• Urea containing deicers should be avoided. They are said to be ineffective at lower temperatures, and the runoff sends excess nitrogen into the water supply.

For more information, make sure to contact your local Extension Office in your area.

Create a Winter Container Garden

The holidays are literally right around the corner! Have you gotten all your decorating done? You may have answered yes to that question, but have you thought about the outdoor decorations? Have you ever heard of a winter container garden? Yes! You can create a container garden in the winter time. To find out just how to create a winter container garden, stay with me on the Sunshine Gardening Podcast for my secrets on creating a gorgeous winter container garden for this holiday season! 

Remember that pretty container filled with annual flowers that was used all summer and maybe even to fall if you weren’t too tired? Well, the same container can be re-worked and situated in your home’s entryway to welcome close family and friends in for the holidays!

To begin creating a winter container garden, use a hard plastic or wood container that can withstand the harsh winter elements filled with potting soil mix. Make sure the potting soil is a little below the top rim of the container. If not, add more potting soil or use newspaper to bring it closer to the top.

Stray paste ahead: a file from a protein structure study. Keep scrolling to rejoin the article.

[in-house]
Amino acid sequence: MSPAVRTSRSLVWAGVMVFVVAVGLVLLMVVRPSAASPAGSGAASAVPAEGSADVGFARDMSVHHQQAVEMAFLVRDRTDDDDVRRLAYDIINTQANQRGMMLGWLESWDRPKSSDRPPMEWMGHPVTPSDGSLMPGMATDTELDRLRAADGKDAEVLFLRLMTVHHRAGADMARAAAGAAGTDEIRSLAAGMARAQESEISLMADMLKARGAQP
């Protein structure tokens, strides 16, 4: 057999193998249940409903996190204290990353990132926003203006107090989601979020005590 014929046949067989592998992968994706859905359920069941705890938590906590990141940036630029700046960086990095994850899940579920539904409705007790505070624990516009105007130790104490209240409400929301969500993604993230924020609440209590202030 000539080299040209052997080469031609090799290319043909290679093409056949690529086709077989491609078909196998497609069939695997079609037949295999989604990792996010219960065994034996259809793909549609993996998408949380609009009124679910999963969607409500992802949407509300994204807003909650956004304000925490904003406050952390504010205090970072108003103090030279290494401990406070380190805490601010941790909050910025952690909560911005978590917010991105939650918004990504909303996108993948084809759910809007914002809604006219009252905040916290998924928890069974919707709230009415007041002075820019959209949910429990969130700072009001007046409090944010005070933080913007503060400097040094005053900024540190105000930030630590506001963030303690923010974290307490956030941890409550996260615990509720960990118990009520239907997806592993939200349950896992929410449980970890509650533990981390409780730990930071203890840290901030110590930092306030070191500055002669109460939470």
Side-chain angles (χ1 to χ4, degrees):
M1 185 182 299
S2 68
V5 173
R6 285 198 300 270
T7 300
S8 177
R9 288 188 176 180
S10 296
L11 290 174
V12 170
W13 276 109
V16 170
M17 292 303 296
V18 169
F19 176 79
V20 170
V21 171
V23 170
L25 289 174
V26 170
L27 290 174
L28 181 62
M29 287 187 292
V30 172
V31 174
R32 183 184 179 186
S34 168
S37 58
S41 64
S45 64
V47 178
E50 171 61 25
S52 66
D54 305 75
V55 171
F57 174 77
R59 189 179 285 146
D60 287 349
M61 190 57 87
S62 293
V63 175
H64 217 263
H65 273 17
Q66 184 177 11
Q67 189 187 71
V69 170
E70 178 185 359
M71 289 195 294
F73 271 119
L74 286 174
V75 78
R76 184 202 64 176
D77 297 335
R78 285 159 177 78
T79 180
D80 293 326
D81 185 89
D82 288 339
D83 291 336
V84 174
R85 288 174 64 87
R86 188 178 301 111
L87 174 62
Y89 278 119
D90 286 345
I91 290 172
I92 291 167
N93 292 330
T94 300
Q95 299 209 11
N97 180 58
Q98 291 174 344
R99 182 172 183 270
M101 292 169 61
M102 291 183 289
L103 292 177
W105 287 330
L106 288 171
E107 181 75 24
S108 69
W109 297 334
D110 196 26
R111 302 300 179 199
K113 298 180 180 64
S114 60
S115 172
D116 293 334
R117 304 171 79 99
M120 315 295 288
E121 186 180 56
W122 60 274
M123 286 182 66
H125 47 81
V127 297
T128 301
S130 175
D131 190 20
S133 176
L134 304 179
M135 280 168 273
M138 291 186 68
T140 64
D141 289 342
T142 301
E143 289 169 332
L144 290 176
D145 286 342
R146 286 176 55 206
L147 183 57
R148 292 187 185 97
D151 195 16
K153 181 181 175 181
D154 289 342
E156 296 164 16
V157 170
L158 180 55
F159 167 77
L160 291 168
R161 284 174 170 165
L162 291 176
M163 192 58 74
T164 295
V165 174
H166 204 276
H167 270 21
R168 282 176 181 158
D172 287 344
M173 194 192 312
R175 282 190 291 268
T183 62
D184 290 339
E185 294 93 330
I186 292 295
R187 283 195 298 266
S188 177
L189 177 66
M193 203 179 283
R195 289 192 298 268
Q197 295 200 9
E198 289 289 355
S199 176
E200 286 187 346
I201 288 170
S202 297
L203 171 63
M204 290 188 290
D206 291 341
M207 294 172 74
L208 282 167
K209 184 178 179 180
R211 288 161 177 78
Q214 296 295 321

Next, collect clippings from different landscape trees and shrubs growing around your home or neighborhood. Examples of greenery might include southern magnolia, white pine, Eastern red cedar, holly, heavenly bamboo, spruce, boxwood, and Eastern hemlock. Cut varying lengths of greenery when gathering samples. The thought is to use the longer pieces to “spill” out of the arrangement and the shorter pieces to “fill” in around the spiller plants.

Kentucky’s landscape is filled with different varieties of evergreen trees and shrubs that can be cut and used as fresh greenery in a number of holiday decorations for the home! Take a look around your yard to see what greens are available in your neighborhood.

  • White Pine, scientifically known as Pinus strobus, offers a blue green color to arrangements and provides a nice fragrance when situated in the home. Not to mention, it has excellent needle retention.